Note that if you where to define the exponential with the differential equation, this explanation could help understand why we end up with a function that takes a fixed value to the power the argument.

In any case, I think the chosen explanation should be an opportunity to manipulate the morphism property of the exponential, because it is tremendously important and often mistreated by students.

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Bunny rabbit generations: look at the discrete case $P(n)=2^n$ with $P(0)=1$. It is easy to see that $\frac{\Delta P}{\Delta n}=P(n)$ where $\Delta P=P(n+1)-P(n)$ and $\Delta n=1$. Or more generally for $P(n)=b^n$ where $b>1$ we have $\frac{\Delta P}{\Delta n}=cP(n)$ where $c=b-1$.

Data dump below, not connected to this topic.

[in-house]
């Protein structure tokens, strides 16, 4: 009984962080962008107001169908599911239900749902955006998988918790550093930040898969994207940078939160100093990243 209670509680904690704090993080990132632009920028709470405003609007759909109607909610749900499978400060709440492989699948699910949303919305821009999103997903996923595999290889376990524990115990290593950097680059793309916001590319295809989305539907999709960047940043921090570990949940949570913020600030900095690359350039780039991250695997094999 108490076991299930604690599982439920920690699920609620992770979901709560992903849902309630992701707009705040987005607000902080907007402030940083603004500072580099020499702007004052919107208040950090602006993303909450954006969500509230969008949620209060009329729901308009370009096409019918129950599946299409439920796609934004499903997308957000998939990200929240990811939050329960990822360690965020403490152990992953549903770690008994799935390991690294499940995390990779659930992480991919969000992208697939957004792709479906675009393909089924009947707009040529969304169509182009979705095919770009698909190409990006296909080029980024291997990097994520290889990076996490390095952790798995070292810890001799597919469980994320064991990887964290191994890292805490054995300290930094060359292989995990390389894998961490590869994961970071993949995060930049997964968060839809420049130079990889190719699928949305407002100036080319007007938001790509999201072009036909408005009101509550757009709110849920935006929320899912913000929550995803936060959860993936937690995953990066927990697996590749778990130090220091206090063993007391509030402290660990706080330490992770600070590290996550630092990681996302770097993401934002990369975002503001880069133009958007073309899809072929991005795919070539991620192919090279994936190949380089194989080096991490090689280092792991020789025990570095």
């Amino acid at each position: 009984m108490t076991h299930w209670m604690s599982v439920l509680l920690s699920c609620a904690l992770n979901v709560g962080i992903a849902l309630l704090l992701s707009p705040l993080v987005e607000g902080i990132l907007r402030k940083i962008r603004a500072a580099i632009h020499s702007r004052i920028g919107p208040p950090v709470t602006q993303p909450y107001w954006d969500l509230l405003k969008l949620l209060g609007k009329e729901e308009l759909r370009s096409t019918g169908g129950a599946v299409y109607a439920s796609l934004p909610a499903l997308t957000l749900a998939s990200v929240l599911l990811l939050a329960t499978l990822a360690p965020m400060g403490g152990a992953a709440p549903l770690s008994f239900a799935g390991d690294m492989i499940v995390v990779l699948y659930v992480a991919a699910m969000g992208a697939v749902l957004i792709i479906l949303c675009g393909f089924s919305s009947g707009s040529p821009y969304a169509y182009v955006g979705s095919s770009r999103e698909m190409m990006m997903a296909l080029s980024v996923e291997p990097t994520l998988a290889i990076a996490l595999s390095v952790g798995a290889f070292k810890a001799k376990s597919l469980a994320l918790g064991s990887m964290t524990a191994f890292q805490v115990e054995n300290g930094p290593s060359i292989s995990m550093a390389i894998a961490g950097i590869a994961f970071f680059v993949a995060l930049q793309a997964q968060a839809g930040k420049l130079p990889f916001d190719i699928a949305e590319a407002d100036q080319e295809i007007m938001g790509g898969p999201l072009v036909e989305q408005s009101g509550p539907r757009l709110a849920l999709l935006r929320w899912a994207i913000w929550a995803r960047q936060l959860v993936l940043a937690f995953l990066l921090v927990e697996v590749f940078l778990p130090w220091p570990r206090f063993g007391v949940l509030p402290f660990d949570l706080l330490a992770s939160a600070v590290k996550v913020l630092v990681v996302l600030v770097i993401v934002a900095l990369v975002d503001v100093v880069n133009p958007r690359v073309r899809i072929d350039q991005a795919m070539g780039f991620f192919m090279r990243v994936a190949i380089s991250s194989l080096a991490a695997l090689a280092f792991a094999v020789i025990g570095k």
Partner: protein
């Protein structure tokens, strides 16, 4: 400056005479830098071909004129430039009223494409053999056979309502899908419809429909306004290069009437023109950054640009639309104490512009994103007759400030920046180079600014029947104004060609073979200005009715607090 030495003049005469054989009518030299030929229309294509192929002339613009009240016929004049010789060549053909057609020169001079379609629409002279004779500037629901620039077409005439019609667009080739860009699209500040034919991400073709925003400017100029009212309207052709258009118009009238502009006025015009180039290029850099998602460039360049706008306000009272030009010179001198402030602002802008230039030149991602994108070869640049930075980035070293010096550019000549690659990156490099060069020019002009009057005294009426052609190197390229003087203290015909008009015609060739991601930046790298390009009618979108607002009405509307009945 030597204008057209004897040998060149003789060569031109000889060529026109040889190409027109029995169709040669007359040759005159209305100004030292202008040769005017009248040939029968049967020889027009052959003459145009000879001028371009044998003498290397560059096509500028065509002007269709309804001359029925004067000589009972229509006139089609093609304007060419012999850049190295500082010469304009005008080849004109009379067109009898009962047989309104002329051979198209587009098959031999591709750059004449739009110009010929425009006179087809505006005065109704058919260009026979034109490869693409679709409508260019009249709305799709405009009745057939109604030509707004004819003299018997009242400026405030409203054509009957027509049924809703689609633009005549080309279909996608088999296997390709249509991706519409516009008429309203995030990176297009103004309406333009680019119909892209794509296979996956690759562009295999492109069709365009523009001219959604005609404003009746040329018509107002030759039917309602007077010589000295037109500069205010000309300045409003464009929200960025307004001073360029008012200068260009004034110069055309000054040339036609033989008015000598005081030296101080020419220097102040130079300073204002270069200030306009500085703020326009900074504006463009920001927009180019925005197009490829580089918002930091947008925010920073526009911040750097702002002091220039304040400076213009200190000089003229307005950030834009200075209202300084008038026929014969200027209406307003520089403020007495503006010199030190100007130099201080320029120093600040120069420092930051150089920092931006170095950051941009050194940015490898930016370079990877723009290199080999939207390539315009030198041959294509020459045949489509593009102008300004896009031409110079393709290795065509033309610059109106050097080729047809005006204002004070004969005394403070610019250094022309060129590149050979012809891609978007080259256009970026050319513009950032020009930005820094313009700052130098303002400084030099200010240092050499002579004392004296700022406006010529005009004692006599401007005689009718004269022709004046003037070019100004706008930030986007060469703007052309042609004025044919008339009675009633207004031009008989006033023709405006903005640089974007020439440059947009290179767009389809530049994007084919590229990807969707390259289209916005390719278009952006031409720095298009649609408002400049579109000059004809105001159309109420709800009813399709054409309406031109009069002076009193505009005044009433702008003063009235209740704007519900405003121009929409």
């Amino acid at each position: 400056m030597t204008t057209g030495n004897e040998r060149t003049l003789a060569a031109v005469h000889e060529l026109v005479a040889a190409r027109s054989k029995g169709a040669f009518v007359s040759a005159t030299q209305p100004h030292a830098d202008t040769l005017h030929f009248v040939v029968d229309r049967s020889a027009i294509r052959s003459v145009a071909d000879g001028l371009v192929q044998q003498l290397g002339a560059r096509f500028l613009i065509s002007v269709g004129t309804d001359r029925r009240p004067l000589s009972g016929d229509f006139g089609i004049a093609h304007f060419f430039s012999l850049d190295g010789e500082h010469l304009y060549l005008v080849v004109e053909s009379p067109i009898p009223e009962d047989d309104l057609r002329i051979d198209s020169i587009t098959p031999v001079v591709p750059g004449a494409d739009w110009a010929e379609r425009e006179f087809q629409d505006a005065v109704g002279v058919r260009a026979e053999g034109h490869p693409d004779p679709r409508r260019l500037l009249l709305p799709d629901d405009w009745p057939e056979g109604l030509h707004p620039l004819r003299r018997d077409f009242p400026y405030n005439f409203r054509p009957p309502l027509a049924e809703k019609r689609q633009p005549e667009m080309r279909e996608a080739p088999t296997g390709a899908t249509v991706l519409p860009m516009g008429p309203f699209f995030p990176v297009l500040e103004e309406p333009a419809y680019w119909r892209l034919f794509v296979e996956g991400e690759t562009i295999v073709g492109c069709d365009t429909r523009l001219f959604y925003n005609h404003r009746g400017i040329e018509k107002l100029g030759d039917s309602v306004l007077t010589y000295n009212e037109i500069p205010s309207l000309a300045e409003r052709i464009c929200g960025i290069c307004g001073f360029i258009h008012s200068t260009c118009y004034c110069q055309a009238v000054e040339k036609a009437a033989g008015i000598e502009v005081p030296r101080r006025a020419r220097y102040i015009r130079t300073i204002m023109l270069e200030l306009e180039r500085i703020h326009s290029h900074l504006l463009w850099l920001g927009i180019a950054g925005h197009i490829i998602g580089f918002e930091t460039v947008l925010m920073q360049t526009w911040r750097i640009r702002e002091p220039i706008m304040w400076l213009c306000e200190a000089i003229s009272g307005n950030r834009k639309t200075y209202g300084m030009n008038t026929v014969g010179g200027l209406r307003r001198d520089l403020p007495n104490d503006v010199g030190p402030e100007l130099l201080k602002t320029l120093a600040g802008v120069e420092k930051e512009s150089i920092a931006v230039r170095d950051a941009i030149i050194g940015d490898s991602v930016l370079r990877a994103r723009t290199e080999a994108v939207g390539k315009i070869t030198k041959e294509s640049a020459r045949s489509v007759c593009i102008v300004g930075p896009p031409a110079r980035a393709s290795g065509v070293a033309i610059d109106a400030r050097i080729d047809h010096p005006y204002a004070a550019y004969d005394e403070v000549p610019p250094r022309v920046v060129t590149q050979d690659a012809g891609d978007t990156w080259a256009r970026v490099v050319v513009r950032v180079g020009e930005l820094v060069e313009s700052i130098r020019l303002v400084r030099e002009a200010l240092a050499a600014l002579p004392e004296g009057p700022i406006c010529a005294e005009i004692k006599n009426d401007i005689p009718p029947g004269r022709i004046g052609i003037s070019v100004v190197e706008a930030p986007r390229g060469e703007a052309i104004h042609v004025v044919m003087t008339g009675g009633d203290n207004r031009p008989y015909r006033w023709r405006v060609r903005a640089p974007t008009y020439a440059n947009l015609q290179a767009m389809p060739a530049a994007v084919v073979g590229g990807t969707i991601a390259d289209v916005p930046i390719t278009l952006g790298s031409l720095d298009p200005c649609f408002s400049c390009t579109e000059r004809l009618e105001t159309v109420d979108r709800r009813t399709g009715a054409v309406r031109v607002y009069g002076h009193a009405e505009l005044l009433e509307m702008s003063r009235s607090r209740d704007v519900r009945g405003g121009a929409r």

This discrete case for exponential growth makes it reasonable to expect that "differentiating an exponential function gives the exponential function back," at least up to a constant multiplier $c$. As you know, the fact that $e$ corresponds to the case $c=1$ in the continuous variable case is simply the definition of the number $e$.

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Here's an approach that can be illustrated with a simple picture, and also gives an actual bound on the derivative of $e^x$ as being, at the very least, fairly close to $e^x$ (which makes it much more plausible that they're in fact equal).